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Beauty Firm’s Influencers Push Merger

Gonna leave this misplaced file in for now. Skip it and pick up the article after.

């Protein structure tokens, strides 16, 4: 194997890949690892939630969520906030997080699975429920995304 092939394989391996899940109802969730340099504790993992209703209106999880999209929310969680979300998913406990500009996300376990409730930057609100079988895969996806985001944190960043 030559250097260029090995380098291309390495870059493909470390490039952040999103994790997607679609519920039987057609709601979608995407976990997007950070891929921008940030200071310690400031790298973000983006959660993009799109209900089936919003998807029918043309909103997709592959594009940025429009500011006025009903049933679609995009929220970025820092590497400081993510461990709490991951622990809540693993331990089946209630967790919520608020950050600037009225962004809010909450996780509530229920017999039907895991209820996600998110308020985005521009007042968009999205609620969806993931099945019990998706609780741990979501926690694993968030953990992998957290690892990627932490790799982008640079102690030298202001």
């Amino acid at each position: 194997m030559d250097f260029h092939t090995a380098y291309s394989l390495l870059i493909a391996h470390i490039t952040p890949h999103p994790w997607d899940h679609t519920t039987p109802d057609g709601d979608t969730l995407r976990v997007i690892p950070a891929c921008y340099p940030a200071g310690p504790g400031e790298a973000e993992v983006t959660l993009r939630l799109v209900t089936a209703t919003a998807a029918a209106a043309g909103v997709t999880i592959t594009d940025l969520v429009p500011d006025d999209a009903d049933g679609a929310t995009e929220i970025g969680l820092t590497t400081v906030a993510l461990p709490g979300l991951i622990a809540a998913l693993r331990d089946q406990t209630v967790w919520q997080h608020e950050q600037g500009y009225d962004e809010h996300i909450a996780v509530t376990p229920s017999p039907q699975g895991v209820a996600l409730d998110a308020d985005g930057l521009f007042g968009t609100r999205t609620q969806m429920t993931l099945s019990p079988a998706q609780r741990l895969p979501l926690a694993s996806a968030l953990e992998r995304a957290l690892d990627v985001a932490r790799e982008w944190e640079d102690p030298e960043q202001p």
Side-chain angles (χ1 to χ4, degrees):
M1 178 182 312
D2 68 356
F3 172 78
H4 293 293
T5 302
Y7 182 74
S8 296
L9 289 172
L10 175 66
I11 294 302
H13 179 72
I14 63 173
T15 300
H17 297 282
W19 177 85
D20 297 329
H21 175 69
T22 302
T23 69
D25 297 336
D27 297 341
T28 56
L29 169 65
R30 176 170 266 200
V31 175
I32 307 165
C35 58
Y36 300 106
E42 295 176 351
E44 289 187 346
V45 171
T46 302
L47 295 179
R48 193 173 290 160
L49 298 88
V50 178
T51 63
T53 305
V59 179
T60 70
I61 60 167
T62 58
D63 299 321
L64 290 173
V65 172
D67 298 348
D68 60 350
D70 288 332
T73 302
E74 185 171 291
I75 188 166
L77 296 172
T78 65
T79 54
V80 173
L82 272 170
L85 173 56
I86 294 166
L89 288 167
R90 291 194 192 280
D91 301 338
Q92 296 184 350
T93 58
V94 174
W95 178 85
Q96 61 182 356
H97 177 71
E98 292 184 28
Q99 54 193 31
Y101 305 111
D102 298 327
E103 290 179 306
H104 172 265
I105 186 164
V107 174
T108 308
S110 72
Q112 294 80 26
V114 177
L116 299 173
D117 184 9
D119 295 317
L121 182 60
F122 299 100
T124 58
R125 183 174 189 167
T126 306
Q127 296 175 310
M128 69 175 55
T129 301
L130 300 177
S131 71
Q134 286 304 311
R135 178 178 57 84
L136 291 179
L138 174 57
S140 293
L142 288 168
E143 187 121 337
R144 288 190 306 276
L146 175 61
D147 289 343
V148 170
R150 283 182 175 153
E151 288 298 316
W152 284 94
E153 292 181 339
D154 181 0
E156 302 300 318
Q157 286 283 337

Like many young beauty brands, three-year-old Bellami Hair has digital roots. The Simi Valley hair extension company recruits online “influencers” such as Kylie Jenner and Lily Ghalichi to model its products, racking up sales from the reality TV stars’ followers on Instagram and YouTube in the process. Now Bellami aims to leverage its online marketing tactics to become a bonafide cosmetics brand in brick-and-mortar stores. Founders Julius Salerno and Nikki Eslami have enlisted the guidance of industry veteran John Maly, who was appointed chief executive in September when Bellami acquired his Valencia luxury make-up firm Mirabella Beauty in addition to another local cosmetics company, LipLand. Maly, who grew his family’s hair product distributorship Maly’s Inc. to the third-largest in the country before selling it to L’Oreal S.A. in 2007, said the decision to make him chief executive was based on a shared vision of Bellami’s potential and a mutual need for each party’s skillsets. “Our challenge at Mirabella was that we didn’t have the influencer. Bellami has that in a big way: They really understand how to work with the influencer and which ones really are effective,” Maly said. “And Bellami didn’t have the brick-and-mortar knowledge when it came to working with SalonCentric and Cosmoprof (cosmetic distributors). That’s what I could bring to the table.” In addition to selling its products through professional salon distribution channels and retailers such as Ulta Salon, Cosmetics & Fragrance Inc., Bellami also plans to develop its own physical stores. The first outpost of Bellami Beauty Bar, which opened last year in West Hollywood, offers fans of the brand’s extensions a salon to have them clipped, taped or sewn in by a stylist. Bellami plans to open locations in New York, Miami, Houston and four other major cities in 2017. Mike Nave, a salon industry consultant and the publisher of trade newsletter “Beauty Industry Report,” believes Bellami’s social media savvy has positioned the company for rapid expansion. “Bellami is a hot company in the beauty business due to the huge following they have via their influencers. They dominate in hair extensions and have really done well in hot tools,” Nave said. “And because brick-and-mortar companies are seeking brands that can draw in shoppers, I expect them to grow very fast over the next five years.” For Maly, the most exciting aspect of the expansion is the opportunity to introduce Bellami’s products to a completely new market. “We feel like that a woman who’s not buying online is really waiting for us to be in brick-and-mortar, because that’s where she likes to shop,” Maly said. “That’s OK with us – we’re not picky.” – Helen Floersh

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